A Versatile Virus-Mimetic Engineering Approach for Concurrent Protein Nanocage Surface-Functionalization and Cargo Encapsulation

Yujie Sheng, Zilong Chen, Mickael V. Cherrier, Lydie Martin, Tam T.T. Bui, Wei Li, Steven Lynham, Yvain Nicolet, Kourosh H. Ebrahimi*

*Corresponding author for this work

Research output: Contribution to journalArticlepeer-review

Abstract

Naturally occurring protein nanocages like ferritin are self-assembled from multiple subunits. Because of their unique cage-like structure and biocompatibility, there is a growing interest in their biomedical use. A multipurpose and straightforward engineering approach does not exist for using nanocages to make drug-delivery systems by encapsulating hydrophilic or hydrophobic drugs and developing vaccines by surface functionalization with a protein like an antigen. Here, a versatile engineering approach is described by mimicking the HIV-1 Gap polyprotein precursor. Various PREcursors of nanoCages (PREC) are designed and created by linking two ferritin subunits via a flexible linker peptide containing a protease cleavage site. These precursors can have additional proteins at their N-terminus, and their protease cleavage generates ferritin-like nanocages named protease-induced nanocages (PINCs). It is demonstrated that PINC formation allows concurrent surface decoration with a protein and hydrophilic or hydrophobic drug encapsulation up to fourfold more than the amount achieved using other methods. The PINCs/Drug complex is stable and efficiently kills cancer cells. This work provides insight into the precursors’ design rules and the mechanism of PINCs formation. The engineering approach and mechanistic insight described here will facilitate nanocages’ applications in drug delivery or as a platform for making multifunctional therapeutics like mosaic vaccines.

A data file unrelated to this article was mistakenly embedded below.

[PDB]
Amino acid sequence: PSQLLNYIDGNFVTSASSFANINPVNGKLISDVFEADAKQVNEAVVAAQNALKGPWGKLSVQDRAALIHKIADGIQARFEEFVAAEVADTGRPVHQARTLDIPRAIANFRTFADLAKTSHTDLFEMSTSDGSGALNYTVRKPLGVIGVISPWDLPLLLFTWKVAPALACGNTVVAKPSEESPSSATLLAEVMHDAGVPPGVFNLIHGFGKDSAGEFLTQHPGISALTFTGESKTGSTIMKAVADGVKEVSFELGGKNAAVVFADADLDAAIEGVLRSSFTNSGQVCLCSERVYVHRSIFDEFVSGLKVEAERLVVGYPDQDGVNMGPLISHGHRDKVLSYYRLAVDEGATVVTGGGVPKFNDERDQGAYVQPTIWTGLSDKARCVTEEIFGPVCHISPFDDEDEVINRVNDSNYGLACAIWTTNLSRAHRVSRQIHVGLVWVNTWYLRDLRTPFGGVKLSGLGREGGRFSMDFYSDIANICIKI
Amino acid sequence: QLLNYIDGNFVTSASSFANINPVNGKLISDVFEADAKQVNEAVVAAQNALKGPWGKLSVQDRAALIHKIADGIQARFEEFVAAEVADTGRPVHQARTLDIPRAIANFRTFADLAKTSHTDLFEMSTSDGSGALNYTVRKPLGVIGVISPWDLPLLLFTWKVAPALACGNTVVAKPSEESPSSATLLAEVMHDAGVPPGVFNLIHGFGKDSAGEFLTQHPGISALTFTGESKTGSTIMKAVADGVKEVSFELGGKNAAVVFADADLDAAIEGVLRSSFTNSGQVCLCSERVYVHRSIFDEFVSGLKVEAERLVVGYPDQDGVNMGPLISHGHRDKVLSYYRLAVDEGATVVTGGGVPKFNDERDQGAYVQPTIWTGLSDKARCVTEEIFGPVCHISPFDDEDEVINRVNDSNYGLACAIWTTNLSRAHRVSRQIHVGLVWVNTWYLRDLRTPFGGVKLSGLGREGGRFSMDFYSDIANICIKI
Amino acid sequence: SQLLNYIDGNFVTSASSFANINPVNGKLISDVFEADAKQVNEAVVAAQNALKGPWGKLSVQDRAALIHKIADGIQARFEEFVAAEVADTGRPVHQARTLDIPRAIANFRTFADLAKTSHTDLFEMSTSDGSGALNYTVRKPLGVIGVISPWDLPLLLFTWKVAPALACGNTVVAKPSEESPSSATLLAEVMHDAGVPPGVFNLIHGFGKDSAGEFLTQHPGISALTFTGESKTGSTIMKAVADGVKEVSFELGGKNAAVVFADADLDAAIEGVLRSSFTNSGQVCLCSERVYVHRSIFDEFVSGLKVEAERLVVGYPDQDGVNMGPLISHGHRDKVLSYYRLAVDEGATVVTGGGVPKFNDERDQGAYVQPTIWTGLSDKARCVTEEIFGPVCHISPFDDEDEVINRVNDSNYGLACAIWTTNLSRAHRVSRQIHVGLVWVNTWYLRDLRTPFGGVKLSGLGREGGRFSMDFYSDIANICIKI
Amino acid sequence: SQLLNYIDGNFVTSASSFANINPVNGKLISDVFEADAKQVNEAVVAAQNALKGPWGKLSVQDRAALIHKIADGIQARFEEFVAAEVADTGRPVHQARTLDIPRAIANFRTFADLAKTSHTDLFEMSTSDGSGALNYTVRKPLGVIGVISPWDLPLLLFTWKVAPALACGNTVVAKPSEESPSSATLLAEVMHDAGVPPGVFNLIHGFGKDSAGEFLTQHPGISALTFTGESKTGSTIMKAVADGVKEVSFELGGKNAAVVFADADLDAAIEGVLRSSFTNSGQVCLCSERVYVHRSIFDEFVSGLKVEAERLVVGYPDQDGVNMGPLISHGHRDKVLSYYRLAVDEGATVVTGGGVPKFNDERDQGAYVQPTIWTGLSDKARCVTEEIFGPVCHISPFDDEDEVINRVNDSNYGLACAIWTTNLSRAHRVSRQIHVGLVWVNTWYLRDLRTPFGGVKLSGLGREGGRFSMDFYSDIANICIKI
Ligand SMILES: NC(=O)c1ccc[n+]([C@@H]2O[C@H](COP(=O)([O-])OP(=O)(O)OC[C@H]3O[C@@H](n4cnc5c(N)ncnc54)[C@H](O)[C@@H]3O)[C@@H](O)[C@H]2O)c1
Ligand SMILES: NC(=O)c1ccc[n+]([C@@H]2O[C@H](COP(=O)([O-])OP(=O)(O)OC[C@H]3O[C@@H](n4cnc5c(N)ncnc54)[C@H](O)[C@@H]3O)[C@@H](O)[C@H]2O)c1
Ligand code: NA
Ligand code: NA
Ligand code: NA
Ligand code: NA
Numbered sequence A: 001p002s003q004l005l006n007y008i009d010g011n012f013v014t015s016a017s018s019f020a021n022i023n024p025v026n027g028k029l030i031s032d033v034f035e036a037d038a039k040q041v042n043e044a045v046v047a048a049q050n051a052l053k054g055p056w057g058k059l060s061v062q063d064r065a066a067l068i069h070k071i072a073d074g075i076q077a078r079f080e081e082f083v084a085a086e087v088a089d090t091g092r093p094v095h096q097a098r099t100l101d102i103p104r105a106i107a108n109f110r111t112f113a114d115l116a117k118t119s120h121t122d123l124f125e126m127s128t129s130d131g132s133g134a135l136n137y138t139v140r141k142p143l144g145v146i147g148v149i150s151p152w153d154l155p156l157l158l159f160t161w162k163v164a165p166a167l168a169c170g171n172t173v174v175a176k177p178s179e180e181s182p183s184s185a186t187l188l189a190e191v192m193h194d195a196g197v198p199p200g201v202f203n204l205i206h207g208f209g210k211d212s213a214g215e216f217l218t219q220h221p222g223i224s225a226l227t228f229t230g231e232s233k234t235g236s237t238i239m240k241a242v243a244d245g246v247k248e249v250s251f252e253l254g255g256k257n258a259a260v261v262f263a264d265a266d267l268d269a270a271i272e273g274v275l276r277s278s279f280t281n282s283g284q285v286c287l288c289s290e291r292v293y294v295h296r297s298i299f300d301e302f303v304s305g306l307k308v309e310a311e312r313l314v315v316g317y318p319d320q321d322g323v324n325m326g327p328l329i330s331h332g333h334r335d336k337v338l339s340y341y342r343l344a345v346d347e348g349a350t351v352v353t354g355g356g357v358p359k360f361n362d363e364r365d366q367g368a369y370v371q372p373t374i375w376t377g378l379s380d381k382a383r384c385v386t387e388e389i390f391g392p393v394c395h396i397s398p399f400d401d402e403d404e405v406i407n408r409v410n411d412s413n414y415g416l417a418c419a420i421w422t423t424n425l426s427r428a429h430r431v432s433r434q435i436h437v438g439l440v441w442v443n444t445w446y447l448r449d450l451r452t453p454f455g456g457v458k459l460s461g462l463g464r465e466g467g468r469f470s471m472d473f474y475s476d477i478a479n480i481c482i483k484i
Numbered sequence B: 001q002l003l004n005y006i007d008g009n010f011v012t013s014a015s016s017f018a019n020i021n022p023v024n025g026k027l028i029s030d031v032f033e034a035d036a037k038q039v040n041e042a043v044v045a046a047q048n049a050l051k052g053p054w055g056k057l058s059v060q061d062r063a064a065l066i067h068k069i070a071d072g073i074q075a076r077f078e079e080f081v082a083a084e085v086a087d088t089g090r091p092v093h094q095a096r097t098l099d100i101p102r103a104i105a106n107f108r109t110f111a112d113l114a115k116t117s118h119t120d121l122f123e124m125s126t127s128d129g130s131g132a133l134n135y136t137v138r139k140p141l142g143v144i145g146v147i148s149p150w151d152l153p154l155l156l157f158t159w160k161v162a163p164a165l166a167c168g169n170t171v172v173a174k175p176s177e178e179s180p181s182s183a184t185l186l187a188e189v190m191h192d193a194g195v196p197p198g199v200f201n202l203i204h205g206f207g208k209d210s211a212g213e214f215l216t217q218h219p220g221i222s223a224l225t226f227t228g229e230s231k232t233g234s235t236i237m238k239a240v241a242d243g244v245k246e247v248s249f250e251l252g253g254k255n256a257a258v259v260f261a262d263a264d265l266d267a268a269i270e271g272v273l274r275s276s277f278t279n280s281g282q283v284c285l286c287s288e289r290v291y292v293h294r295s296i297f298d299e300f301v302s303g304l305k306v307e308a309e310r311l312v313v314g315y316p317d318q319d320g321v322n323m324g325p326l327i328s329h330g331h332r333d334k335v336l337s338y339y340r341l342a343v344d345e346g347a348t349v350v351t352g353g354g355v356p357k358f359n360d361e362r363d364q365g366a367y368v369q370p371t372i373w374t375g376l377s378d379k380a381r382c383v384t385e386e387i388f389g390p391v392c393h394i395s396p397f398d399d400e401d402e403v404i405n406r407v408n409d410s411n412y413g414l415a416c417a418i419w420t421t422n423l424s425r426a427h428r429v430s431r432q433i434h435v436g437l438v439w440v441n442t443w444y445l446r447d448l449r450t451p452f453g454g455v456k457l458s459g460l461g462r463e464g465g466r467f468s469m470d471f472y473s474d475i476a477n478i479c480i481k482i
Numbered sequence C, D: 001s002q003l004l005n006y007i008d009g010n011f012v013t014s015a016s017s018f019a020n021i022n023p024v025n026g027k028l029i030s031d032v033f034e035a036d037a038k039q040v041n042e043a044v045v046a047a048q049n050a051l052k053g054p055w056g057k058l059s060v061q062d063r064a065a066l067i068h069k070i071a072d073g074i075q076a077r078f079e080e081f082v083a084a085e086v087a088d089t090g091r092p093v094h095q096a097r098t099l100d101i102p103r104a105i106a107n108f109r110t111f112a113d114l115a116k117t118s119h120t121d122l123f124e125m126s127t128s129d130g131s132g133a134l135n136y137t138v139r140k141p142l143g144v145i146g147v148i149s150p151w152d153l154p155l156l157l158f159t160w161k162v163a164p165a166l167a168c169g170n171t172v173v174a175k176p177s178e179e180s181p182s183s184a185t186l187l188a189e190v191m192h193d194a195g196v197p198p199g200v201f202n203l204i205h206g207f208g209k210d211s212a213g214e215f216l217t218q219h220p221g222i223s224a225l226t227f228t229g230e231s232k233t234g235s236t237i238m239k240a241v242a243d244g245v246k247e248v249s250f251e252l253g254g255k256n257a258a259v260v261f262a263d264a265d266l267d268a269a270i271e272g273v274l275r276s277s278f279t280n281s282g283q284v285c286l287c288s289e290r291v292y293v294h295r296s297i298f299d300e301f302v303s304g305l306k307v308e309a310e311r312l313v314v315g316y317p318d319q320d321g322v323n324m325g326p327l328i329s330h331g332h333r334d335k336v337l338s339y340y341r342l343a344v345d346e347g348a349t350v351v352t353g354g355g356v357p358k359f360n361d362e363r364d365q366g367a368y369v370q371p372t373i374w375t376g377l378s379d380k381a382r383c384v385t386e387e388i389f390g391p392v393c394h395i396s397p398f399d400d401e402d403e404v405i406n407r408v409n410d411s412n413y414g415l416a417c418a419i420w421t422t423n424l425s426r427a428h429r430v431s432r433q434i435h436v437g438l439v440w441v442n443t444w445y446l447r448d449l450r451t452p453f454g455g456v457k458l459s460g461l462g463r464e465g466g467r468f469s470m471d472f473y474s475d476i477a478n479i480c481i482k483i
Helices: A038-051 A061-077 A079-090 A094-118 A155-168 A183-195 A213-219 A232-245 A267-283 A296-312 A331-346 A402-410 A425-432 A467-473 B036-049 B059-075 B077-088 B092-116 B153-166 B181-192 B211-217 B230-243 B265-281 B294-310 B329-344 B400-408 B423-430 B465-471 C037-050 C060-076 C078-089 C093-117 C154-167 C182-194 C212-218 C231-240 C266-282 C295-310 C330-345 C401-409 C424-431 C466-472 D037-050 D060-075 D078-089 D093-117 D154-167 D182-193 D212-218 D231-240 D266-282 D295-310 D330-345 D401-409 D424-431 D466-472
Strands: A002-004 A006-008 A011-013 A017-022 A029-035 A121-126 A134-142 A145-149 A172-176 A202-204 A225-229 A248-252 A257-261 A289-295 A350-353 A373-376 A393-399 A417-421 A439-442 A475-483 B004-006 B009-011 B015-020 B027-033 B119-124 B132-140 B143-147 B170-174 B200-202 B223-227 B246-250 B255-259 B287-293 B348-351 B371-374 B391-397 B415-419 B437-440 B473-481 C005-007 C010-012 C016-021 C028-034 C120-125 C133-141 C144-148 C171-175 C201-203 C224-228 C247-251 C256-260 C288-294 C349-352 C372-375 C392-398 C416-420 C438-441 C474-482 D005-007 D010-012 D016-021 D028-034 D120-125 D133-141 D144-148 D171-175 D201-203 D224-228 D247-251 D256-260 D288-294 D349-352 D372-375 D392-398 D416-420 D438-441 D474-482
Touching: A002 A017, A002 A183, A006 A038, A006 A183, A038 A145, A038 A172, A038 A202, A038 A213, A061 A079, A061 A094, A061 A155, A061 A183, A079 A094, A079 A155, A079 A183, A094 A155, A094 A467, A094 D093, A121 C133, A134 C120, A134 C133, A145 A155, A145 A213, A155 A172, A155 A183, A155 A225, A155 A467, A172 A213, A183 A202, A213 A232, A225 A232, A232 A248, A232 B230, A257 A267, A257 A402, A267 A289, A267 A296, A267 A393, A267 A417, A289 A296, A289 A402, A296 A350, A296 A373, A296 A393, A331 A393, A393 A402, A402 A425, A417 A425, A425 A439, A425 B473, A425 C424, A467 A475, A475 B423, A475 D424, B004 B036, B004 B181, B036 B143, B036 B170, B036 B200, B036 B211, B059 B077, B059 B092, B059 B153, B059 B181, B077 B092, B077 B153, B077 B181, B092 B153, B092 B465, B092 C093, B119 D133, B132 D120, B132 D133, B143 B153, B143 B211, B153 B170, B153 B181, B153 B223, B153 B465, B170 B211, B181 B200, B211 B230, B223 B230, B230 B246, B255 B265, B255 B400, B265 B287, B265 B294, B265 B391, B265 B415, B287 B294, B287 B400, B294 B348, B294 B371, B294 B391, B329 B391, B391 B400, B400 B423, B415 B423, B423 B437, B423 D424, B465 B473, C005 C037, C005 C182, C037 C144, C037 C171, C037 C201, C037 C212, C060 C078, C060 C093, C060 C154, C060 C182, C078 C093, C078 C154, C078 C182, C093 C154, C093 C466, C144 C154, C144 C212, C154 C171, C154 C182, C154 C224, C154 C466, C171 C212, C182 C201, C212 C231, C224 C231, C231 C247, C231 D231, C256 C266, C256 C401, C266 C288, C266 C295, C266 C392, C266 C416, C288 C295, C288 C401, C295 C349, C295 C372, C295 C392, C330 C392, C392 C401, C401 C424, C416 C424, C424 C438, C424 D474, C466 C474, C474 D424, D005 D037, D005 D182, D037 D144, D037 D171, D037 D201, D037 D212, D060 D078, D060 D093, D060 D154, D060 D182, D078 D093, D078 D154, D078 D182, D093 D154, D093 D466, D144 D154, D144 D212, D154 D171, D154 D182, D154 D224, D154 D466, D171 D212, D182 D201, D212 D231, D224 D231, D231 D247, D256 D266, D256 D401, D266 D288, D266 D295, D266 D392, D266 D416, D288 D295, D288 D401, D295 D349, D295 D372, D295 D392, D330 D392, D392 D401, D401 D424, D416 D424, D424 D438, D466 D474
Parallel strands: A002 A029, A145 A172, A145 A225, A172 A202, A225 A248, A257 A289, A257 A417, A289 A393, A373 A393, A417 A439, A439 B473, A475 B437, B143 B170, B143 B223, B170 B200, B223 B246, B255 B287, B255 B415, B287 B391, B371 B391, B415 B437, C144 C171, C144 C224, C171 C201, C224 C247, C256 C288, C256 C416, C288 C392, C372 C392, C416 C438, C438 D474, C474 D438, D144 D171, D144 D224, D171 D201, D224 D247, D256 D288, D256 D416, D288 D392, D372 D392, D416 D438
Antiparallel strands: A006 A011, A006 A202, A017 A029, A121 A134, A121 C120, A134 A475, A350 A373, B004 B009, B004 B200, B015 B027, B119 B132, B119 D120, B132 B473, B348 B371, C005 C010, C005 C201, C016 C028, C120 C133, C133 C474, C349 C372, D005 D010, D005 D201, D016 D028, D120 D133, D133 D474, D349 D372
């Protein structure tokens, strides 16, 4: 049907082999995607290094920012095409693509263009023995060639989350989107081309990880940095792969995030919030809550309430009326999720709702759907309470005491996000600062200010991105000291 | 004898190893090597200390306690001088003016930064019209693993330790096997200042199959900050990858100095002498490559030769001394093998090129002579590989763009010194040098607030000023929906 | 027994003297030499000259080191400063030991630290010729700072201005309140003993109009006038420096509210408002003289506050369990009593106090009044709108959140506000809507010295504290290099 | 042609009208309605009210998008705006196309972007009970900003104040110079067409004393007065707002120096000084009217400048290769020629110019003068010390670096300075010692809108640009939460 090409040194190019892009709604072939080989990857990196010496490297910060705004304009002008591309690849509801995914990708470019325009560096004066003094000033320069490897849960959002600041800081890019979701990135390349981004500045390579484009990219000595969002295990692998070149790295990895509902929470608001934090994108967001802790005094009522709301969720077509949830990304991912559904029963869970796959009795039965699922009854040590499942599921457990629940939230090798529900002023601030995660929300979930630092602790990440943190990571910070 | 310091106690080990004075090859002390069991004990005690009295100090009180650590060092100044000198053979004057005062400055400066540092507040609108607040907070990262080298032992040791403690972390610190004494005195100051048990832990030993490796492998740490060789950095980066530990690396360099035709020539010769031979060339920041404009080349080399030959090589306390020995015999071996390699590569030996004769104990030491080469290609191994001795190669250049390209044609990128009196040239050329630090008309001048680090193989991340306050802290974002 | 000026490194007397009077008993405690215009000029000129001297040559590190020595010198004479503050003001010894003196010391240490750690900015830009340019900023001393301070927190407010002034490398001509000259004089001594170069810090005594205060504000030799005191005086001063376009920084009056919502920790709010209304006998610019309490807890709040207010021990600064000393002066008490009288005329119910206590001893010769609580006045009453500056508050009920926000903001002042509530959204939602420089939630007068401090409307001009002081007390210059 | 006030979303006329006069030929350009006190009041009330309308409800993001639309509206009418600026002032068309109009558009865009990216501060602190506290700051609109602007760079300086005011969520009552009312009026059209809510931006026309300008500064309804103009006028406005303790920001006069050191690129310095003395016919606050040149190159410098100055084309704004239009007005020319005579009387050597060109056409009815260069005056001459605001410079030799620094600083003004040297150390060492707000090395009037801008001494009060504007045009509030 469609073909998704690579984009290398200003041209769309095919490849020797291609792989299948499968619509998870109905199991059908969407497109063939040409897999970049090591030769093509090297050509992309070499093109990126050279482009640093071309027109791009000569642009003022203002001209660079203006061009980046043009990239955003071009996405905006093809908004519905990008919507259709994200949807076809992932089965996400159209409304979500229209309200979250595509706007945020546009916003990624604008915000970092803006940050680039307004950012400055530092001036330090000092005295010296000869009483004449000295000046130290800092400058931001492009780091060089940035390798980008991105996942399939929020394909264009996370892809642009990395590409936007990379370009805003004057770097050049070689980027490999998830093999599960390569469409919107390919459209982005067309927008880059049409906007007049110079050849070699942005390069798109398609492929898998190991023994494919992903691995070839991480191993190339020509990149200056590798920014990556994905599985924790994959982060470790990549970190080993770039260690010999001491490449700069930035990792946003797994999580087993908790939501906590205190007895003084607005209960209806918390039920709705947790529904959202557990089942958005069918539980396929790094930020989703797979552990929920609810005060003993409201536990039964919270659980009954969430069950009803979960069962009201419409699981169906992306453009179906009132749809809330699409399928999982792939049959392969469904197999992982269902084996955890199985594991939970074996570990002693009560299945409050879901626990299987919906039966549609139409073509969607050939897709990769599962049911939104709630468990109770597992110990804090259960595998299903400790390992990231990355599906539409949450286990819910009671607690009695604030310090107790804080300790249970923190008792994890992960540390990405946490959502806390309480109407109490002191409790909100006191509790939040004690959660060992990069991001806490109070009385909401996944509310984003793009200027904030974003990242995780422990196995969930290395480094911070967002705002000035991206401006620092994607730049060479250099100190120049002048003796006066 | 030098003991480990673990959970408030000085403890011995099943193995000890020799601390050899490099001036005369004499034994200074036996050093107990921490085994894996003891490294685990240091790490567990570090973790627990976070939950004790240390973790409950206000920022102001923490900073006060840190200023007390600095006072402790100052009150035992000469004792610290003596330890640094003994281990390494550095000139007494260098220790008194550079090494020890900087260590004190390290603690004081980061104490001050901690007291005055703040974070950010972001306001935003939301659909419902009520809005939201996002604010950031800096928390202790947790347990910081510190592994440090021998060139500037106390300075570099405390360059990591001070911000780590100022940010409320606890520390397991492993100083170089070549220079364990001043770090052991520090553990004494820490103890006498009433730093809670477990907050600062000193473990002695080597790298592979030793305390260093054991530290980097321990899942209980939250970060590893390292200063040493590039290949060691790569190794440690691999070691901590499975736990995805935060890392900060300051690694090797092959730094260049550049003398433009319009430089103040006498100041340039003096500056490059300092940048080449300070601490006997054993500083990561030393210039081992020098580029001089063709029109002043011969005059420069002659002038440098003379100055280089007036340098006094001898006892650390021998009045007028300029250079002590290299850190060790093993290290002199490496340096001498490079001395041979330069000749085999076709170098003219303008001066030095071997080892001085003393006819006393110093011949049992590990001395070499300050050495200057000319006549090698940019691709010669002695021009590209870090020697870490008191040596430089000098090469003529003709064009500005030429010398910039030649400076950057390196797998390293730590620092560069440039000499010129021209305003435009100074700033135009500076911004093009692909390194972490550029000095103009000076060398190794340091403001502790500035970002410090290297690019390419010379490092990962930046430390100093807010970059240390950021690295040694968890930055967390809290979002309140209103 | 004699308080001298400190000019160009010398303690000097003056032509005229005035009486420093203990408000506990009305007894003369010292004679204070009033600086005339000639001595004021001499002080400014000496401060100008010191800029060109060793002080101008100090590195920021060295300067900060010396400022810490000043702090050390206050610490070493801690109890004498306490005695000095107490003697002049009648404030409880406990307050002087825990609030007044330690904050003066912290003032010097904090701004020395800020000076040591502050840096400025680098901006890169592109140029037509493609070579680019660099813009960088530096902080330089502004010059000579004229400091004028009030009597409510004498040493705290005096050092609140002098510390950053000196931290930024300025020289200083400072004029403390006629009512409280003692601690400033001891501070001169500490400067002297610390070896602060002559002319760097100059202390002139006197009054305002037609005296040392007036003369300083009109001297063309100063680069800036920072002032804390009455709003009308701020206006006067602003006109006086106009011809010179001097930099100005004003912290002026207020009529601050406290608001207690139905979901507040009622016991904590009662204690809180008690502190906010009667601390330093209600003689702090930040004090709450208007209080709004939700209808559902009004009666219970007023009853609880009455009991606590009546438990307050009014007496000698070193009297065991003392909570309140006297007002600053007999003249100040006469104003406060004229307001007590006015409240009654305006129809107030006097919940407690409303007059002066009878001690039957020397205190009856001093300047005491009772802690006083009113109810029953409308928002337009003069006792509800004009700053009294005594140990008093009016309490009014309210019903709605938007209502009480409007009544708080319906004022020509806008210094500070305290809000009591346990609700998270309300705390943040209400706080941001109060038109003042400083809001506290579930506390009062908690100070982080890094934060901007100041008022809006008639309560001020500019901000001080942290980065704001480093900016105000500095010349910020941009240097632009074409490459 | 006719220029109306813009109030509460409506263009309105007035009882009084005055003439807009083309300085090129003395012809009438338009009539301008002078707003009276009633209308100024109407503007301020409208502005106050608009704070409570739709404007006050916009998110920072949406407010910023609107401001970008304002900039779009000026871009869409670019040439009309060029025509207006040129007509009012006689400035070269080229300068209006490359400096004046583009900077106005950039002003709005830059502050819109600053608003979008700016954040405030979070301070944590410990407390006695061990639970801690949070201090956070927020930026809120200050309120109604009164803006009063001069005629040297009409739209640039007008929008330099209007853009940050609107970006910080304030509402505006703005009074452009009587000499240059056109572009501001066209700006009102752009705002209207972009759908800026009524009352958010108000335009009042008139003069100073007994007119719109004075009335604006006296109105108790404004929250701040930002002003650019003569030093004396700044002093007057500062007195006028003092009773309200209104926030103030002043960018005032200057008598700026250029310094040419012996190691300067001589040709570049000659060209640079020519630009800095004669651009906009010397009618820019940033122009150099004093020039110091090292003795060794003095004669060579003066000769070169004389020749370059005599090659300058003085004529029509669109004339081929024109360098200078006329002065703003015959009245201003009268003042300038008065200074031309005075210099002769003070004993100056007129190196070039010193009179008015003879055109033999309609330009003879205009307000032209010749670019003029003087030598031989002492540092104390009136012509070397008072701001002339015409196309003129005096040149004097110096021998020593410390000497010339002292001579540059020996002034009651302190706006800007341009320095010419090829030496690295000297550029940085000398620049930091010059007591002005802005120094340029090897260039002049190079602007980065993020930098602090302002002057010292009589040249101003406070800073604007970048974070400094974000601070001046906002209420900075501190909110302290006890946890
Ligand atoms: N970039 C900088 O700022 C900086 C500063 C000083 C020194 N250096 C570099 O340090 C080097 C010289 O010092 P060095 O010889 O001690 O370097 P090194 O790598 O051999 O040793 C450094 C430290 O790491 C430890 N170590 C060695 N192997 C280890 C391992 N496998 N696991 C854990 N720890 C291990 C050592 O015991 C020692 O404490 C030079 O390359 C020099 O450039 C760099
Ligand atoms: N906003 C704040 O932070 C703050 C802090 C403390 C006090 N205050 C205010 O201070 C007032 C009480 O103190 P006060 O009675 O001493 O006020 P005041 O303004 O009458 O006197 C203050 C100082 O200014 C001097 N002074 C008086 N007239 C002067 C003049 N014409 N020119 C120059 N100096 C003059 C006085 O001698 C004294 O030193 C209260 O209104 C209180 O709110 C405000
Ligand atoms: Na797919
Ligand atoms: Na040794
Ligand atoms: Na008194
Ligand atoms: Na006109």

Original languageEnglish
JournalSmall
DOIs
Publication statusAccepted/In press - 2024

Keywords

  • drug encapsulation
  • ferritin
  • mosaic nanocage
  • PINC
  • precursor of nanocages
  • protein nanocages

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